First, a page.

kutoja: My wife is from Maine On my grandfathers side freedman grandmothers fathers side cherokee
AYWalton: Freedmen as in folks from I.T., or freedmen from parts of the south?
kutoja: parts of the south
AYWalton: ahh ok.
kutoja: My restaurant was classic American food burgers fries fish etc
alt: and free in the south prior to the Civil War?
kutoja: not sure
vkn: How might we assist kutoja ?
Selma: So on what record did you find him kutoja?
AYWalton: I thought I saw something that said Seminole Freedmen. My mistake, I guess.
kutoja: My Grandmothers name is Flora Stokes Stiggle maiden name stokes
alt: How are you using the term 'freedman" kutoja?
kutoja: Her mother was Anna Pearl Stokes from Millsboro Delaware Her maiden name was Wood her husband was Samuel Stokes my aunt said he was close to full blood Cherokee
alt: so the surname progression is Wood, Stokes, Stiggle, right?
kutoja: Freeman is the term the Oklahoma Seminoles said my other Grandfather William Stiggle was connected to
AYWalton: where was he from kutoja?
kutoja: Philadelphia Grandfather Stiggle Grandfather Stokes North Carolina
AYWalton: I have to leave folks. Have a good afternoon.
Selma: The term Freedmen used by Indians refers to their "slaves" in Indian Territory kutoja
Selma: The ones in Indian Territory that becomes Oklahoma were part of 5 Civilized Tribes..what made them "civilized" (using the term loosely) was that they practiced chattel slavery
kutoja: What was chattel slavery
Selma: What do you think
kutoja: beating someone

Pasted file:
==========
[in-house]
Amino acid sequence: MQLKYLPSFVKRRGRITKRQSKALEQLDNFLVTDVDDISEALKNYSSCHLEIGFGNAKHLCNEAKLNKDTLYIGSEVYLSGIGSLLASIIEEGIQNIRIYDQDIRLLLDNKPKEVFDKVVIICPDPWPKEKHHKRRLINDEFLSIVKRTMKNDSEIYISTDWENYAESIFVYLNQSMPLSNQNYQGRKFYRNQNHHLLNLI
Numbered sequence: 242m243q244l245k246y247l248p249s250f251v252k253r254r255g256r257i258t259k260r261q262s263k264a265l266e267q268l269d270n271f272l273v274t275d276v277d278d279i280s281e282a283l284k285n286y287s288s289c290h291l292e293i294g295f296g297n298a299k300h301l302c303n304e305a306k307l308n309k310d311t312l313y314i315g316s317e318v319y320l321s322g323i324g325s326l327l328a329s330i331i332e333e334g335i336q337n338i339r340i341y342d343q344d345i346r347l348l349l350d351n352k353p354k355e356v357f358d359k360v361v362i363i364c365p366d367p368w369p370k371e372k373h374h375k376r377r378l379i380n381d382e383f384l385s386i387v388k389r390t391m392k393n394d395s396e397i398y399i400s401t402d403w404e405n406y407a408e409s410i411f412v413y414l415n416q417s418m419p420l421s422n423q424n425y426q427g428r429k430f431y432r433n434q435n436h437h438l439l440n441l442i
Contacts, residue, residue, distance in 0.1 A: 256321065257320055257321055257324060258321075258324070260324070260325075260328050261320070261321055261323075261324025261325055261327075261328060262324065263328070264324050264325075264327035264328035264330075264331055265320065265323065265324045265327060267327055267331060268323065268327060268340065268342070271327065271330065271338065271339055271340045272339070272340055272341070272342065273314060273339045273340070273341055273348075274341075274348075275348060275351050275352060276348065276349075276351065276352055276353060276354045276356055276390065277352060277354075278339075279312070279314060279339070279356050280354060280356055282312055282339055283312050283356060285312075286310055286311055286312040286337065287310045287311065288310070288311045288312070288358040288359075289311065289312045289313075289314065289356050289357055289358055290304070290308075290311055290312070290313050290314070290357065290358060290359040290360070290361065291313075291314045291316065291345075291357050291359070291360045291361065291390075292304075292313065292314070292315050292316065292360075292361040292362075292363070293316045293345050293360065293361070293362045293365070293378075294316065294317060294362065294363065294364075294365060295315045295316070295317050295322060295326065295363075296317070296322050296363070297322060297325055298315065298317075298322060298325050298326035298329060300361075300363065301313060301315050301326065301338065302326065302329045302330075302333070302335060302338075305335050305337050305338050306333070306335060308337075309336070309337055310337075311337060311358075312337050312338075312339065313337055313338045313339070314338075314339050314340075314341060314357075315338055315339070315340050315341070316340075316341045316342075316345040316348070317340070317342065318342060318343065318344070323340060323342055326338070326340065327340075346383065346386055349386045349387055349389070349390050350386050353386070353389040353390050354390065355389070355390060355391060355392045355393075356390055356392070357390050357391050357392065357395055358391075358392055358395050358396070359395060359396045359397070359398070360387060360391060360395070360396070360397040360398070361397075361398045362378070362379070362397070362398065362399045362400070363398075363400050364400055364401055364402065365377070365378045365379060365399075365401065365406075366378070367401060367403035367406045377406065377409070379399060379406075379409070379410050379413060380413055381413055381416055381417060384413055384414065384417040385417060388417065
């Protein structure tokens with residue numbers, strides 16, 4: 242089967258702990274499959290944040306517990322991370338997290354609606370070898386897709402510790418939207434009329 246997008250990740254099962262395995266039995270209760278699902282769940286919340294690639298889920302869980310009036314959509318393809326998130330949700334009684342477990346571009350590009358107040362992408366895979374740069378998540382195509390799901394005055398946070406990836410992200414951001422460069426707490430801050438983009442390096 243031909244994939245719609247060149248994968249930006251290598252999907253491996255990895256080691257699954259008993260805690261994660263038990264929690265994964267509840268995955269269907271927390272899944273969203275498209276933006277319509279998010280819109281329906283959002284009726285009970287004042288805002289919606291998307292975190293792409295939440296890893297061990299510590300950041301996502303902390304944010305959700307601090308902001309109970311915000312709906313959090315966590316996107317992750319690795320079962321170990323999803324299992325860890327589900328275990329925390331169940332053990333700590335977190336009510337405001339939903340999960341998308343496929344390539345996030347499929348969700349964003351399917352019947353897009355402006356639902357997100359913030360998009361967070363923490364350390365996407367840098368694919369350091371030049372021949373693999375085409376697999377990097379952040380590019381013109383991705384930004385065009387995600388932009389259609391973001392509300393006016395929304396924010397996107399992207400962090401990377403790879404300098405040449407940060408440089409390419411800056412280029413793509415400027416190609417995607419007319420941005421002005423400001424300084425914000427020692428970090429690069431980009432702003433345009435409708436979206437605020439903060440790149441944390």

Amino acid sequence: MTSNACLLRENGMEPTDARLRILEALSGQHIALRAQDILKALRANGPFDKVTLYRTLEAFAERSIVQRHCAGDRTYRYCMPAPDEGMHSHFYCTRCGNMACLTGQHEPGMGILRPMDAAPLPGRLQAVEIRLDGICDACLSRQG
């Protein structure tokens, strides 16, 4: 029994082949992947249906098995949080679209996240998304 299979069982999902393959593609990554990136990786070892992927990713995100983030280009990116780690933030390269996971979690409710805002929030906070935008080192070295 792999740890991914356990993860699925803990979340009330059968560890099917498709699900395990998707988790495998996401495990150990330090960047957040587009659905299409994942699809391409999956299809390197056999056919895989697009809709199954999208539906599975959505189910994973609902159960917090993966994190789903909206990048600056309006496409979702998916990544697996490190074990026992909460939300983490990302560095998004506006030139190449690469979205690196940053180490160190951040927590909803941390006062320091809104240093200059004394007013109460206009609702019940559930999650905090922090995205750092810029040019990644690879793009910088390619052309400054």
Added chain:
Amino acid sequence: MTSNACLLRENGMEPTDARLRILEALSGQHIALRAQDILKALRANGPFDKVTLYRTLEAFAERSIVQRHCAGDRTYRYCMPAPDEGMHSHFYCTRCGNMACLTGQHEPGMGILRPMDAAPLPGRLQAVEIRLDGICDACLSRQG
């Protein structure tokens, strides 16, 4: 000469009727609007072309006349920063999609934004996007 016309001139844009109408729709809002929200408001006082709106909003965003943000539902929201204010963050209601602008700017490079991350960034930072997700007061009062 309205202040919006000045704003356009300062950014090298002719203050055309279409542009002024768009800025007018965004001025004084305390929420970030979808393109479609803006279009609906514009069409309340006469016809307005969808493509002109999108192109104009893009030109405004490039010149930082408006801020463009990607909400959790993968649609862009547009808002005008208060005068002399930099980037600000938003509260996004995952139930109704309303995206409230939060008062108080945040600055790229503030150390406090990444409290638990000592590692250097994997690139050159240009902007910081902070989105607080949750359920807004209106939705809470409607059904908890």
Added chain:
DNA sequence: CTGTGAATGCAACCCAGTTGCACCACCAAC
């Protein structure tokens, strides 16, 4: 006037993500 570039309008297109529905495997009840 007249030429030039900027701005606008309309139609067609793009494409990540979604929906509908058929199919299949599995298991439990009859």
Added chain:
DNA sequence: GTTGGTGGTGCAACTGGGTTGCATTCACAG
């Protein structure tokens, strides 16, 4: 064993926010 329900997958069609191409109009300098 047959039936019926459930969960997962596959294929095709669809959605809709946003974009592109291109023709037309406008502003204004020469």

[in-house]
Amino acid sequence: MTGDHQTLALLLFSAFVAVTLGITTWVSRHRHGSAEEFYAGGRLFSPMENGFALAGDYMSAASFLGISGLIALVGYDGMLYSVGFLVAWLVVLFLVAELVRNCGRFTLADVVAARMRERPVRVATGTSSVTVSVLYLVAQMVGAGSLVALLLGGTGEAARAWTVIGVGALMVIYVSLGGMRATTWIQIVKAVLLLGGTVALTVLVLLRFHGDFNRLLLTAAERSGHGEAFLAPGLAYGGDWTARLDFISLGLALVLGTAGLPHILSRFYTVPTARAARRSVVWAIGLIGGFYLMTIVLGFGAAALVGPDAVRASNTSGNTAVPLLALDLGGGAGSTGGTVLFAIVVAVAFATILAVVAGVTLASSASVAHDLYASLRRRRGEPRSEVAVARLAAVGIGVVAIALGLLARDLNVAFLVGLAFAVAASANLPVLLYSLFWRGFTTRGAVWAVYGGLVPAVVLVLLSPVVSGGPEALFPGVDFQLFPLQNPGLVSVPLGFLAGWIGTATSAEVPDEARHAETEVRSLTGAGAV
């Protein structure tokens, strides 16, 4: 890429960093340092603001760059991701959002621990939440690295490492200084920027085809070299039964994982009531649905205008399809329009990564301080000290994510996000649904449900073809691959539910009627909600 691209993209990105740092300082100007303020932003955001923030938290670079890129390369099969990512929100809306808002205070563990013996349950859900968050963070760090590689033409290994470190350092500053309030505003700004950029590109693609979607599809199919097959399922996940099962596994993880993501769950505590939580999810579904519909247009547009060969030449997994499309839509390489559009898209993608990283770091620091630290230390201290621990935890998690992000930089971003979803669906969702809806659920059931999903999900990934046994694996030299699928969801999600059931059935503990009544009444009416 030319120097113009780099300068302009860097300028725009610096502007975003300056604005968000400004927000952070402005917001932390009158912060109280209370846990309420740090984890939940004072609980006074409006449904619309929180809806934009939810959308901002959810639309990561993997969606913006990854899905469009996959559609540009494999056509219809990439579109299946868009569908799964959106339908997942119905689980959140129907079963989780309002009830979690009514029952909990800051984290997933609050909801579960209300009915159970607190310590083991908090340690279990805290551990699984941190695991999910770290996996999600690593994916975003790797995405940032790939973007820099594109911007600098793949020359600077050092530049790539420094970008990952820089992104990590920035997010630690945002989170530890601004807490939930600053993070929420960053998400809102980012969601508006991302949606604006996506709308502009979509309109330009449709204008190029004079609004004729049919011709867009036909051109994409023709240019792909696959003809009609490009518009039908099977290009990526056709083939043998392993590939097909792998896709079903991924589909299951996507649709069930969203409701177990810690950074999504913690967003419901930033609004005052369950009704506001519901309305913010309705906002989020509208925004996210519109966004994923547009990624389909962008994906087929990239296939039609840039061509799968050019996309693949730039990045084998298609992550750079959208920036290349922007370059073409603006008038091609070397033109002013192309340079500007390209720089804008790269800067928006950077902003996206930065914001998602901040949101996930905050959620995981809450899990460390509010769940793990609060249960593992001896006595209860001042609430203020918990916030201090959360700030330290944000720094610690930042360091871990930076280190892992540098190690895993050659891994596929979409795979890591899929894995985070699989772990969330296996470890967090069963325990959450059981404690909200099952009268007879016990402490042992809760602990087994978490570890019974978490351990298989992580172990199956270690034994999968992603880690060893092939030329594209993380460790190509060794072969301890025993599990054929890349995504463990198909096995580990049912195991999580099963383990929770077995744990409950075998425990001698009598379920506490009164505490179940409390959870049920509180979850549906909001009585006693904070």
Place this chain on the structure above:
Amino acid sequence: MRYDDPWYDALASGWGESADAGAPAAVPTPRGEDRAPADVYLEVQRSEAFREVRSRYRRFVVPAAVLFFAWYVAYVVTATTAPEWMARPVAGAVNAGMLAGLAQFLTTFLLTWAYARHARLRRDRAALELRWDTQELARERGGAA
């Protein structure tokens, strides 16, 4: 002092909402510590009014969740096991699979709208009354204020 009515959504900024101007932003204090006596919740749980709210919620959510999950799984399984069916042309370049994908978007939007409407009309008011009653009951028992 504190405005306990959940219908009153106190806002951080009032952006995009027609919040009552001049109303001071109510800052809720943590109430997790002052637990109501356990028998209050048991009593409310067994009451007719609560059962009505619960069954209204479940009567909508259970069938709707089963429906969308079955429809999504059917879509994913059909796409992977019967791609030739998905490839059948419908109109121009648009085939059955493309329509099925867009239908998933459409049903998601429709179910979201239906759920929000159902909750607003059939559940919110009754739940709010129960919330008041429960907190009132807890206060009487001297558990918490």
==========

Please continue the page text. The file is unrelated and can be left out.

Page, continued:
vkn: Lots of reading for you to do kutoja
Selma: Meant that they sold you at will and you ranked with their livestock and other worldly possession..
Selma: Yes..sad..and American History
alt: kutoja, you have to excuse me, but your questions and comments almost seem as if you are "testing" us.... are you???
Selma: Ok folks..time for me to run Bye
kutoja: No no test I just do not have a college degree
alt: Then as vkn says, "you have a lot of reading to do" best wishes
vkn: Kutoja are you of mixed race?
kutoja: Not really but was raised by whites at age 13 you would think I was mixed if you looked at me
alt: As I said yesterday kutoja, our questions are meant for us to be able to understand your situation better so that we may be able to help you in this search for family history.
vkn: Excuse me but I ask because it appears you are just discovering the Black side and that is to be admired
kutoja: I very sad to say but yes embracing the Black side
vkn: Well we can help remove the sad to some degree
kutoja: I appreciate all of you more than you know
vkn: Did you read alt’s Tribal Pages You will see from that site that we are all mixed
kutoja: No I'm going to try to do that today yes we are Have a great day peace & blessings
alt: you too